Private Sector Financing in International Aid for Education


Abstract: This paper presents a critical literature review on the subject of international aid for education and the associated global education discourse that is marked by various international frameworks on Universal Primary Education (UPE) and Education for All (EFA). Through analysis of selected journal articles and agency reports, this author discusses three broad themes as they pertain to the global education discourse: the growing prominence of the private sector in international aid, foundations as unique private sector development partners, and the role of the private sector donors in fragile states.


Results of Literature Search
Private Sector Financing
Foundations as Unique Development Partners
Including the Unique Socio-Political Context of Fragile States


In the year 2000, the global education discourse was marked by the official adoption of the Millennium Development Goals (MDG) by the UN and all of its 193 member states (United Nations, 2011). The 2nd MDG, achieving universal primary education (UPE), signaled progress towards a global consensus on education efforts that began in 1990 at a summit in Jomtien, Thailand. At the summit, global leaders, “collectively committed the world community to achieving education for ‘every citizen in every society” (Dakar Framework for Action, 2000, p. 3). Between those years, various bilateral and multilateral agencies have incorporated this global consensus into their mandate, most notable being UNESCO’s Education for All framework (EFA) and its inclusion of private sector partners in order to achieve the goal of UPE. Considering the global education discourse more broadly, trends have indicated that the private sector is increasingly being relied upon to supplement financial support from bilateral and multilateral agencies (Edwards, 2009; Marten and Martin, 2008; Srivastava and Oh, 2010; Steer and Wathne, 2010).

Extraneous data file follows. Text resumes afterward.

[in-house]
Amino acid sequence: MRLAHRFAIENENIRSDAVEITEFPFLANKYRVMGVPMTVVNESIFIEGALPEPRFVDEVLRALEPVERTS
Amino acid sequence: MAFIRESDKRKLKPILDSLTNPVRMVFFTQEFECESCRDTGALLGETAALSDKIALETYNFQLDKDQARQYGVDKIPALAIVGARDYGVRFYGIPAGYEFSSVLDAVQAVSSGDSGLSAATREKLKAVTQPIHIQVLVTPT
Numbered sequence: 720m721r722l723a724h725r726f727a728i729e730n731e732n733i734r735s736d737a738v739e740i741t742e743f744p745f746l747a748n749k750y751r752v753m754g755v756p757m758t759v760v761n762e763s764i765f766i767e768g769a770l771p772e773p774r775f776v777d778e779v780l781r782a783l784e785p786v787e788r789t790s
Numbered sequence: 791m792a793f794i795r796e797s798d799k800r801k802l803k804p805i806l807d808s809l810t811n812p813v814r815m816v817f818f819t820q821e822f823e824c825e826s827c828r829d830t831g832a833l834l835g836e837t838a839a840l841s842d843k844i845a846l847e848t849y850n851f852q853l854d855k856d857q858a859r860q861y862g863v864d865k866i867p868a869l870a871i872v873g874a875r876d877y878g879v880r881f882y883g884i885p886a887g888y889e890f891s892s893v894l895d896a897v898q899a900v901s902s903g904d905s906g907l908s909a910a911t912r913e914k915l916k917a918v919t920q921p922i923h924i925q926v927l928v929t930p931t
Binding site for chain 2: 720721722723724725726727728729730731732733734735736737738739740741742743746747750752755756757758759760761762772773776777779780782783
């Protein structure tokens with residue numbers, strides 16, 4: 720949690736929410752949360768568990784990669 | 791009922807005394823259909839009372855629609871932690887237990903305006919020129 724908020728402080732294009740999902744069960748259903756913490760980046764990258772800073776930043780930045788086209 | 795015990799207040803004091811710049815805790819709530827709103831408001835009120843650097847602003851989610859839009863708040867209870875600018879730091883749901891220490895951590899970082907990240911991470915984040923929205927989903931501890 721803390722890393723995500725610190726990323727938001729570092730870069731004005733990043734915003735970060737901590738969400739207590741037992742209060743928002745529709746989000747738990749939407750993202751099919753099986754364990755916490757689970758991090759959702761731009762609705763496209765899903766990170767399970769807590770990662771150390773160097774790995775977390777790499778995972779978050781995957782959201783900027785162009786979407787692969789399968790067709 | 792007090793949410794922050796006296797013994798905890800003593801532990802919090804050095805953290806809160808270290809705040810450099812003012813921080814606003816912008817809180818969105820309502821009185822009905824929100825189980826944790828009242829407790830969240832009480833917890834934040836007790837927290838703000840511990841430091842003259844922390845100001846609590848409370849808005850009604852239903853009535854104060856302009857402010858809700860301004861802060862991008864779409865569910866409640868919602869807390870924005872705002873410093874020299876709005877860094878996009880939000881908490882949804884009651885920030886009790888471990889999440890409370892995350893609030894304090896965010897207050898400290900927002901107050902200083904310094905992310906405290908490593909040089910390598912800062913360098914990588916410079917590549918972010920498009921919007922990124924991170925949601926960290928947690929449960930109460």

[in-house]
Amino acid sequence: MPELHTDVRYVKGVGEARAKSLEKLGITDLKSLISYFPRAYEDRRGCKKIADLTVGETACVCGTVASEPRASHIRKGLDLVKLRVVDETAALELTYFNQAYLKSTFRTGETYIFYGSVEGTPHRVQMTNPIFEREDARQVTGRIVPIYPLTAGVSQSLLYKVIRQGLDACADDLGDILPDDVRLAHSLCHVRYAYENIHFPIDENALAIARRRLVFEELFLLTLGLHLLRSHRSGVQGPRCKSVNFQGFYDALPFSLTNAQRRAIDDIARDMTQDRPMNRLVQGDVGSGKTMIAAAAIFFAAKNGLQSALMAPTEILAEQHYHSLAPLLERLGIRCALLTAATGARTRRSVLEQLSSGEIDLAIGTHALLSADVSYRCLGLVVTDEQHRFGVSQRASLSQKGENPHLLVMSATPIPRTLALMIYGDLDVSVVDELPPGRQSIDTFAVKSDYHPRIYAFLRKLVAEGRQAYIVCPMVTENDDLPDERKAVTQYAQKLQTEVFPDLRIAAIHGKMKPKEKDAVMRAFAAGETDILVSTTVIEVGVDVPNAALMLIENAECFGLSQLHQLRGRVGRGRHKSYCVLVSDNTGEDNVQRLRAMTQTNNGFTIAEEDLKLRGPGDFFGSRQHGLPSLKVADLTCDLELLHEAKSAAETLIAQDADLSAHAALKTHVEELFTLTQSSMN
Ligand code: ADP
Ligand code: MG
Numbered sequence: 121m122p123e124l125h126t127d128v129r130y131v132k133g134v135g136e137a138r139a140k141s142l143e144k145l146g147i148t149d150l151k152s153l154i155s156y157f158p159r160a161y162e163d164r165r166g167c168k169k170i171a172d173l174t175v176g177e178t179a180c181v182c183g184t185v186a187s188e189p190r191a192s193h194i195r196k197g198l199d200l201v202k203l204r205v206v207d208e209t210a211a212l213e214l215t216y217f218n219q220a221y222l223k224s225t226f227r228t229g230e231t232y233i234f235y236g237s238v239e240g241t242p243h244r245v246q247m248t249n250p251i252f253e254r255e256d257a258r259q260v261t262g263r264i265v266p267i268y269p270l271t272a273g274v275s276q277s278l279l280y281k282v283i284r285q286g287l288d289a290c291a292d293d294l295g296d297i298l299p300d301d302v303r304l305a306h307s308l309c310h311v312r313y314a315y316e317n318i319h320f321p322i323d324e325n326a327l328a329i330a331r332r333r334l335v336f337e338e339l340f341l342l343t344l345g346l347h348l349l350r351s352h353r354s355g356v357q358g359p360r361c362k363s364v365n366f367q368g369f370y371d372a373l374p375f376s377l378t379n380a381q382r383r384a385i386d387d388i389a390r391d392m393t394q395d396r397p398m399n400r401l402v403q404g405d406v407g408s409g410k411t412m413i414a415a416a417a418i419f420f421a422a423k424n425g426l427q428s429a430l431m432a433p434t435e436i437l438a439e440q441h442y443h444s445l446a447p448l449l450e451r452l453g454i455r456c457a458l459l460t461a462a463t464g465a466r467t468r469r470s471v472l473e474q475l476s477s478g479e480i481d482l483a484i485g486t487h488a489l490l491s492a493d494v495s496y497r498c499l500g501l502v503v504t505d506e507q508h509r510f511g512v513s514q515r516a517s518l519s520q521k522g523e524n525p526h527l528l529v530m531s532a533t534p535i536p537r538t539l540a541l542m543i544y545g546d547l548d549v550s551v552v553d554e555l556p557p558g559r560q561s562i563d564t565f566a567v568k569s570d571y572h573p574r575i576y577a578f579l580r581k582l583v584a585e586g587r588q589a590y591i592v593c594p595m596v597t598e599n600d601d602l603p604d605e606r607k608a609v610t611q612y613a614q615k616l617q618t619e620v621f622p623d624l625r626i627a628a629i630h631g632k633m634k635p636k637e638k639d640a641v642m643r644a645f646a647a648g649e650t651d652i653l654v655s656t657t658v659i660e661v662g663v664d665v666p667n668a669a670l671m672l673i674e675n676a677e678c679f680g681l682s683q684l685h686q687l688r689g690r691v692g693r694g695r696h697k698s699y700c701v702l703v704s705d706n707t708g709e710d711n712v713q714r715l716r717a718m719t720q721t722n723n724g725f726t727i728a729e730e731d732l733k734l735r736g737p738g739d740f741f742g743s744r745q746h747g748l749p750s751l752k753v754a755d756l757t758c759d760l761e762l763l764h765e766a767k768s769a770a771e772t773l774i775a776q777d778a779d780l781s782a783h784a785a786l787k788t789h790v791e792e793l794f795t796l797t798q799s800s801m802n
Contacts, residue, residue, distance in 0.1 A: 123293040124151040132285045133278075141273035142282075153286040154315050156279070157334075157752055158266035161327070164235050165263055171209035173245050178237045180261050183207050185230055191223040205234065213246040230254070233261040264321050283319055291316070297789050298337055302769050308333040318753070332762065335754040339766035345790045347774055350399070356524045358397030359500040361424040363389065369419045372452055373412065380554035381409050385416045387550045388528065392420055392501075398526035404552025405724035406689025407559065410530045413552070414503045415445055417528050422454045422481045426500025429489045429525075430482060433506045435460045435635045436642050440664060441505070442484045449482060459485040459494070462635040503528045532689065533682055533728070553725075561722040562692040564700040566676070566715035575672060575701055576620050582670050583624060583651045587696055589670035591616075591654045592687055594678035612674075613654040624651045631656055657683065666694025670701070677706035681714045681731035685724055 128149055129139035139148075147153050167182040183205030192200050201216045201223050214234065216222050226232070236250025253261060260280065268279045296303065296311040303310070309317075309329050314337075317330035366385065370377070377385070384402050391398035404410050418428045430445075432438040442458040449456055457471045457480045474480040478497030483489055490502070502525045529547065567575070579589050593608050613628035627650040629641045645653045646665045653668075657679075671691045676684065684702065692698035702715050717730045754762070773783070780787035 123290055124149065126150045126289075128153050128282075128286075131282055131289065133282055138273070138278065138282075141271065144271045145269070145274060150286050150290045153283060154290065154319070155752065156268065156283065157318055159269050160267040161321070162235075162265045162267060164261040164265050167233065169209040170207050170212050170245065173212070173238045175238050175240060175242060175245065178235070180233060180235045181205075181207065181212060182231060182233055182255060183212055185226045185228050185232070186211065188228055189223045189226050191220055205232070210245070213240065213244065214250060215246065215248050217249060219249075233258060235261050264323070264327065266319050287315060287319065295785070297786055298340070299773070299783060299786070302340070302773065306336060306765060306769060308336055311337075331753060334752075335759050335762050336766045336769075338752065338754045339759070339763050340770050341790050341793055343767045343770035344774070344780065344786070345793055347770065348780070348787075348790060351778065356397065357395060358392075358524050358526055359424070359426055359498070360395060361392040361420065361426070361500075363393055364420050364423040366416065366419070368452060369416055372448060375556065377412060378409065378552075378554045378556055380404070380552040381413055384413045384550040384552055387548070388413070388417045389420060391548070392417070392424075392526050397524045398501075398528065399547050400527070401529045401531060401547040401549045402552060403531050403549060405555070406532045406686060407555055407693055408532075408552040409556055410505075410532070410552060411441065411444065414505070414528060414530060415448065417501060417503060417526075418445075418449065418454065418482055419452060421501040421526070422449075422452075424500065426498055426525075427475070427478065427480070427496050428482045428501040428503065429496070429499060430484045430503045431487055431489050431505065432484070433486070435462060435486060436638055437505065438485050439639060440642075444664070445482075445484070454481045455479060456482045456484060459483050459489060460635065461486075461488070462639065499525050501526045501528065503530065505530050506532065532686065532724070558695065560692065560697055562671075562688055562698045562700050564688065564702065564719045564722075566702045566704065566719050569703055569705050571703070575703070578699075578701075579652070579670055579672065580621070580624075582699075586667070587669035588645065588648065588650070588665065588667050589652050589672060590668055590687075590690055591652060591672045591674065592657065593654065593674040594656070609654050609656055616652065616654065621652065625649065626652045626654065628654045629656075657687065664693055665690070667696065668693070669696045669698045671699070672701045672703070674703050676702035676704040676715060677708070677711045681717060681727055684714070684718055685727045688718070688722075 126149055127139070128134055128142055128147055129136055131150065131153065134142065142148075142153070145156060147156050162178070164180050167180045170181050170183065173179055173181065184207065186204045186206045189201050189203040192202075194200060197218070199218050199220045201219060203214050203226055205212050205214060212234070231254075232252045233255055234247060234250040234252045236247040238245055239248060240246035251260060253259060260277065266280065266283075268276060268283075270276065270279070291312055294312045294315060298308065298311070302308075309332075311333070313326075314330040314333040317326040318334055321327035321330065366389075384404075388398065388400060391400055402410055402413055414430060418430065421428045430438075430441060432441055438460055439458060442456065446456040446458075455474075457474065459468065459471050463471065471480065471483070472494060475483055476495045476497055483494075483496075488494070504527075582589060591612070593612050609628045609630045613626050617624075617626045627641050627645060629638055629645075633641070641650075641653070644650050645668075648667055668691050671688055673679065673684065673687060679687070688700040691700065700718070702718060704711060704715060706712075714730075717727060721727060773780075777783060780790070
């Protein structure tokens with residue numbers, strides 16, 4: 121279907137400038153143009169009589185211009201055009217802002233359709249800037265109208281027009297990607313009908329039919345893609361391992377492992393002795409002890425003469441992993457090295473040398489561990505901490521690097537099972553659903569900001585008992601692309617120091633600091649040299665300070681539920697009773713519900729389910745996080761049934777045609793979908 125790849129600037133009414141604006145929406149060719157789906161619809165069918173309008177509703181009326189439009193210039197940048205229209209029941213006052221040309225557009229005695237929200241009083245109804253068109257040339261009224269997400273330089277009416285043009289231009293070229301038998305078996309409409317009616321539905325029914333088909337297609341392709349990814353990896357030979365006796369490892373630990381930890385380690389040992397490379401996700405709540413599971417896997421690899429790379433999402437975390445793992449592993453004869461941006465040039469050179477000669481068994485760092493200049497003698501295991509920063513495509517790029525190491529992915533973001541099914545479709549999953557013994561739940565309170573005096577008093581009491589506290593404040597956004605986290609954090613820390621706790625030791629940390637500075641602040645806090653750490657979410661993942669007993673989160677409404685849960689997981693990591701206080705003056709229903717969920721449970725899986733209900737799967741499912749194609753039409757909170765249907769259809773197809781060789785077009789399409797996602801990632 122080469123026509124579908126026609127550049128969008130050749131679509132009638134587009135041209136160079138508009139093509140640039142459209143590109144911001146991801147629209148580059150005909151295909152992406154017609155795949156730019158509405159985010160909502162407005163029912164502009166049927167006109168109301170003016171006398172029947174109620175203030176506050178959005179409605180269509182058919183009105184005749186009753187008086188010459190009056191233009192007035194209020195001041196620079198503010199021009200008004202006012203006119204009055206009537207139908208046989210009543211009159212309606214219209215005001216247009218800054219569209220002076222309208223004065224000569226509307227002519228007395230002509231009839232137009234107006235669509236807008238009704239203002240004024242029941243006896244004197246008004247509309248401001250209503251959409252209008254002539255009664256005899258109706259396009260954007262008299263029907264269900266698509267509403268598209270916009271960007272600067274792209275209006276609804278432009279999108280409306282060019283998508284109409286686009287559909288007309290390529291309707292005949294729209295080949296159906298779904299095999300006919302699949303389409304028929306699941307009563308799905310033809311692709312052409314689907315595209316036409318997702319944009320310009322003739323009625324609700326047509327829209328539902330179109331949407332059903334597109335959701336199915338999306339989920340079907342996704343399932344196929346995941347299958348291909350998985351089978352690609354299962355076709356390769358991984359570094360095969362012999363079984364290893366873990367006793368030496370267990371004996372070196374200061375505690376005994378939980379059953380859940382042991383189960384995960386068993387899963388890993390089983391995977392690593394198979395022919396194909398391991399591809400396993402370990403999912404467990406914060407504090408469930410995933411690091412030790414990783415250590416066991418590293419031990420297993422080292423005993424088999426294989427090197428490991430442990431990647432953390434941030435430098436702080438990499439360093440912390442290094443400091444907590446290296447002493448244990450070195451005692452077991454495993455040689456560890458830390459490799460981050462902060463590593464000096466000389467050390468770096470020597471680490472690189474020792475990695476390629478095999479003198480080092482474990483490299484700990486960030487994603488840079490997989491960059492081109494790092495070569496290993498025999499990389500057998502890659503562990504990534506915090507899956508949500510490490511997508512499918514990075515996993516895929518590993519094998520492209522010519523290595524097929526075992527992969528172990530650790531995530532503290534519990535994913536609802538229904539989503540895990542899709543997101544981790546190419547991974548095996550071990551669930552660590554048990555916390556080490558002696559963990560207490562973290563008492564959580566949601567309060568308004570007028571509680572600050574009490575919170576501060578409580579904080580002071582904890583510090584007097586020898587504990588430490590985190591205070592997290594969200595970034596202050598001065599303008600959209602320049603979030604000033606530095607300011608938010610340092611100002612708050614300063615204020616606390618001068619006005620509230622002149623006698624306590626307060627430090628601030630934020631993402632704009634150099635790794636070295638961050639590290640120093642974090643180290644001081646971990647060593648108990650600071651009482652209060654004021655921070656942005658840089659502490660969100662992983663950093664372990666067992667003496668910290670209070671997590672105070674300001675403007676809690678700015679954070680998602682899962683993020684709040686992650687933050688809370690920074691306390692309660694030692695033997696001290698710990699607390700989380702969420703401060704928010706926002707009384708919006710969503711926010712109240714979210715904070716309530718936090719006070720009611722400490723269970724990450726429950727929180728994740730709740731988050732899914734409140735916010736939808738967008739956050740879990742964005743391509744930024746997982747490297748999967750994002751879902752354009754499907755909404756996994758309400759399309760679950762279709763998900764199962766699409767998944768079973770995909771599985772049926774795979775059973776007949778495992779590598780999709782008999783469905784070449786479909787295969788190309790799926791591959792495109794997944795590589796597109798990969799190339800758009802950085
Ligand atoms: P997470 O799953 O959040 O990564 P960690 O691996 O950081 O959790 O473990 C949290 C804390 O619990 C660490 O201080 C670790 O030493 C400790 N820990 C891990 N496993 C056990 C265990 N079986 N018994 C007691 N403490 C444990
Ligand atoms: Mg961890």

In consideration of the global education discourse and its inclusion of the private sector as development partners, this author conducted a critical literature review in order to better understand the role of the private sector in international development for primary education in fragile states. Results of the literature search indicated the need for critical discussions on the topics of private sector financing, foundations as unique development partners, and the inclusion of fragile states within the global movement for UPE.

Results of Literature Search

This author conducted a systematic literature search for any journal articles and institutional/agency reports that included both a discussion on international development in education and private sector influences. Results of the search indicated the literature’s focus on issues pertaining to financing UPE and the role of private sector financial contributions. Much of the literature on private sector financial contributions focused on the role of foundations as the major financial contributor, which this paper will provide an overview of.